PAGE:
Good for your husband–a true civic servant.

  2. Beautiful trout lilies! Ours are a while off yet. I started last srping trying to catalog the wildflowers at Hasty Brook. It’s been kind of a fun project and I can’t wait to add to it this year.

  3. Your trout lily photos are beyond lovely. I hear what you are saying about learning about wildflowers. The information is hard to come by and hard to process. Of course, I’m still working on sparrows and shorebirds! 🙂

  4. They are beautiful. When I browse a nursery, 7 times out of 10, I need to check the tag for IDs on wild flowers and perrenials. I’ve never been knowledgeable about flowers but I love them.

    Hey, you still have tomorrow to get that envelope in the mail! LOL! We love Turbotax! Unfortuntely for us, we paid a good bit this year.

    I admire your DH for her dedication. He’s an angel.

  5. After learning about him from your blog, I read and enjoyed one of Hal Borland’s books. I didn’t know he had a field guide! I know exactly what you mean about how confusing a regular guide can be when you don’t know where to start. I’ll have to look for Borland’s.

  6. Trout Lillies are great flowers to start learning from! I spent one whole summer working on the wildflowers and of course the spring is the best time for the flowers! Good luck and love your photos!

  7. Lovely lilies.
    Sucky taxes.
    Being self-employed, Geoff and I always pay A LOT of taxes. A LOT. And with him being a freelance writer, sometimes people don’t pay him the way they promised and we are always behind and always stressed and can never save any thing. So when tax time comes around, we want to curl up and hide in a hole.
    Sigh. Okay, I feel better.

    I want a field guide for flowers this year. Remember last year, I would always just ask you what it was?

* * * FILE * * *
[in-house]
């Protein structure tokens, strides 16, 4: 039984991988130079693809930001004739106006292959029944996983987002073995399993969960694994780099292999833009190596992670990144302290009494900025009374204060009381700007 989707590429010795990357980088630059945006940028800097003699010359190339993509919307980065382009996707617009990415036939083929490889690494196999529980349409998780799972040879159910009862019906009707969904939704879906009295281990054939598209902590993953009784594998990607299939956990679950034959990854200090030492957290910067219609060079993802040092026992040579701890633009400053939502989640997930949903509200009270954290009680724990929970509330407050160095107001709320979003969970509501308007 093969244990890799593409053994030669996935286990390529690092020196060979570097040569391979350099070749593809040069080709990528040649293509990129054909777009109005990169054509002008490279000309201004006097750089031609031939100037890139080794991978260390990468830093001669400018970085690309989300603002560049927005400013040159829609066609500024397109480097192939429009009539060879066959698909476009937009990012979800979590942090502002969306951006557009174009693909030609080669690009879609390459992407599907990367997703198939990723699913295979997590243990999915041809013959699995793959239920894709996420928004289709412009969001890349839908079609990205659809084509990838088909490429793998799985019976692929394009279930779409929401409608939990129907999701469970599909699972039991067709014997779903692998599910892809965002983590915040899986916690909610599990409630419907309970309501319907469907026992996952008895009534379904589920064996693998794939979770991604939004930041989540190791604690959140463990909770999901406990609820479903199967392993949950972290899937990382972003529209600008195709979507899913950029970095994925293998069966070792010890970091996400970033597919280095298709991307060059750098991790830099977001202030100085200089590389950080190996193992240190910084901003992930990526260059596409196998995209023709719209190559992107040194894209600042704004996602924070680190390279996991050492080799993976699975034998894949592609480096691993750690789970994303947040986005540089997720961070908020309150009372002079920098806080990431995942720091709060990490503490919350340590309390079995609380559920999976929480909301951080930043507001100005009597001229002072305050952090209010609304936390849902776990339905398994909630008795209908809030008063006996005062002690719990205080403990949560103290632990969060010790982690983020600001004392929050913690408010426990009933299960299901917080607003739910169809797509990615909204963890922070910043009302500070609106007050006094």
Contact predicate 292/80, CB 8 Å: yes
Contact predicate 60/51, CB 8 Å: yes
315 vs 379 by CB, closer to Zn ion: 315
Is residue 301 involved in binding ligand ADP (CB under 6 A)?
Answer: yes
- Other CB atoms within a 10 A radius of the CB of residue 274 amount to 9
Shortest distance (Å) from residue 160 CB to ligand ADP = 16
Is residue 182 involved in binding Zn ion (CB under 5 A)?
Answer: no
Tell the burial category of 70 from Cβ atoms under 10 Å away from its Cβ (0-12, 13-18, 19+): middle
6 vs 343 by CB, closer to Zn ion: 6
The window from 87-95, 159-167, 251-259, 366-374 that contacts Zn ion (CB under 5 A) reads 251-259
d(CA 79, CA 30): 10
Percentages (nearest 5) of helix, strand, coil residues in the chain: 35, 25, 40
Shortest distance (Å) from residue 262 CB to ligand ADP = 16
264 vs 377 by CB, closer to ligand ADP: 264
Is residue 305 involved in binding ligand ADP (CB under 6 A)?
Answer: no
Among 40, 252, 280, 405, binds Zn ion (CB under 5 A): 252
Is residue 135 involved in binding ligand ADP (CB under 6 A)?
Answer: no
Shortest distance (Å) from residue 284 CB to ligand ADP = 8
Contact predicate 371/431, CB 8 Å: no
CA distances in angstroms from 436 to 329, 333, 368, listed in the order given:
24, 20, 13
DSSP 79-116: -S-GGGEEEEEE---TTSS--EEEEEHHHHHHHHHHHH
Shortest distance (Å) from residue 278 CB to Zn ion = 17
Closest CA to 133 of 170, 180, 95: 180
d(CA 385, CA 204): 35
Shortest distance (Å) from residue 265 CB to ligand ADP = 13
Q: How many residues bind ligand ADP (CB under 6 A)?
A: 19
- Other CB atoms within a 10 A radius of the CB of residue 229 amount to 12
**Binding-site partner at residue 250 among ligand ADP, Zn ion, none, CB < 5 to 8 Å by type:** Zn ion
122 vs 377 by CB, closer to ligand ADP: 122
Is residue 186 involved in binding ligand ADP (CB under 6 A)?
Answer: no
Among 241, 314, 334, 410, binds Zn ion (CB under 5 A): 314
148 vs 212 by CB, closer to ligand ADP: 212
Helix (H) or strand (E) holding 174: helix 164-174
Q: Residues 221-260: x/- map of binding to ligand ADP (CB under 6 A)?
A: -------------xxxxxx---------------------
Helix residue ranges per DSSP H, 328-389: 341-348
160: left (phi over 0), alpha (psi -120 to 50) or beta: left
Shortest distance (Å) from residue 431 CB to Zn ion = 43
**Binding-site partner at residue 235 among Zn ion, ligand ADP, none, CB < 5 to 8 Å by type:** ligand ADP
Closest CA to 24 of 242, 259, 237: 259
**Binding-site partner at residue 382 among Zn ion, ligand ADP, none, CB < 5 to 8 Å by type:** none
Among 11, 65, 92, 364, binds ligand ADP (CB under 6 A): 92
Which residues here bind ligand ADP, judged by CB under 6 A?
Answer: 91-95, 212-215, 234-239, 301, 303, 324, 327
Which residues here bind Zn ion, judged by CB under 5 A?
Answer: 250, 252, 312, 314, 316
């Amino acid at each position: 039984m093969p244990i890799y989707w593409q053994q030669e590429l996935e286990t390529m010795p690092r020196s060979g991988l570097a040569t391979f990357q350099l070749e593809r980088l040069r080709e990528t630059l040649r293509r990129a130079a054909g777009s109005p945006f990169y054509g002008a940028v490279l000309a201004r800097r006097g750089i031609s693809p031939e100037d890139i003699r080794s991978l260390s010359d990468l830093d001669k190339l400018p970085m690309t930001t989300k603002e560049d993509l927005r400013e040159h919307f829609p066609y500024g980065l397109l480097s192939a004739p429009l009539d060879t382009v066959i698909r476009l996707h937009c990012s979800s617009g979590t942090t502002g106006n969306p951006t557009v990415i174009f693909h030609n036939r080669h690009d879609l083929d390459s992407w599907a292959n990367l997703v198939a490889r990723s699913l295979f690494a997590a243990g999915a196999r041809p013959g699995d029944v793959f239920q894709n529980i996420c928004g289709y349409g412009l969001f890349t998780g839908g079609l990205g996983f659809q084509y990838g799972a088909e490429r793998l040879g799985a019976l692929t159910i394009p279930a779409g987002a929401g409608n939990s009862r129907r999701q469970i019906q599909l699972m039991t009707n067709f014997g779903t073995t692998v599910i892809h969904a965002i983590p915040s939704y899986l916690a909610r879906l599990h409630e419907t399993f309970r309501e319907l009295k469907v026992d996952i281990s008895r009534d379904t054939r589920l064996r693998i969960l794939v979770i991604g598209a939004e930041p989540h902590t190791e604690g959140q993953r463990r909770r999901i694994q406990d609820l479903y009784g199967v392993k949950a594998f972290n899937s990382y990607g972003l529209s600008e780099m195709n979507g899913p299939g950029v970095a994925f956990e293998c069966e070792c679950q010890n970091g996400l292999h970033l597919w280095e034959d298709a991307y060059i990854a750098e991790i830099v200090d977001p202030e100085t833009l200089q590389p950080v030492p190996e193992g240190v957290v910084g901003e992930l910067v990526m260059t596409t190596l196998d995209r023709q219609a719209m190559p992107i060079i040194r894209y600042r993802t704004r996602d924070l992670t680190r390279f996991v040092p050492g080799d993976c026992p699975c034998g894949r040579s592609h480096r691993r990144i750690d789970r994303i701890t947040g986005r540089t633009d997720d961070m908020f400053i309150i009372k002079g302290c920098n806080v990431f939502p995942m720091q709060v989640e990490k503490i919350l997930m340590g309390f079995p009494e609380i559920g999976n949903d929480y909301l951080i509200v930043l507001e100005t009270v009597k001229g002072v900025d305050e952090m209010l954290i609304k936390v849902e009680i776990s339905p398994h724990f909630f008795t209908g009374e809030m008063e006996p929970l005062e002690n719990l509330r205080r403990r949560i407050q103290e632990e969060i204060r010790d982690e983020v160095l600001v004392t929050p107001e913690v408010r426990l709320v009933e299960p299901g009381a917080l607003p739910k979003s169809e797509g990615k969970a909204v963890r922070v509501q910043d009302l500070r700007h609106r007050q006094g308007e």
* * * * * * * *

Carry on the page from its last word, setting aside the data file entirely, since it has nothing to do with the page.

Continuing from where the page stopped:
8. Lovely little lillies. Yes we know them as Dogtooth Violets.
    Up where I used to live. There were Fairy Bells and Yellow Bells.

  9. What a lovely set of photos, arranged so artfully. I have been reading the Burgess Flower Book for Children. Talk about basic starts! So far I have seen a skunk cabbage flower and coltsfoot, an introduced weed. The yellow flower was pretty, especially for winter weary eyes!

  10. Laura! That’s precisely my problem this time of year. How can I bird and do wildflowers and mushrooms at the same time? When I’m looking down I keep my ears tuned for unusual warbler song. What a great problem – too much beauty all at once :0)
    The photos are exquisite.

  11. It appears that the pistil and stamen are growing downward towards the ground. Sort of like cyclamen. I’m always curious about this type of flower because I wonder what sort of critter it is trying to cater to in order for pollination.

  12. oooooo, one of my favorite wildflowers! there’s an area north of me where a colony grows for miles and miles.. endless trout lilies as far as the eye can see.. I can’t wait!
    The book sounds interesting too- I’d always heard they’re named for their leaves, which resemble the coloration of a trout. Guess I’ll have to look for the book 😉

Leave a Reply

Your email address will not be published. Required fields are marked *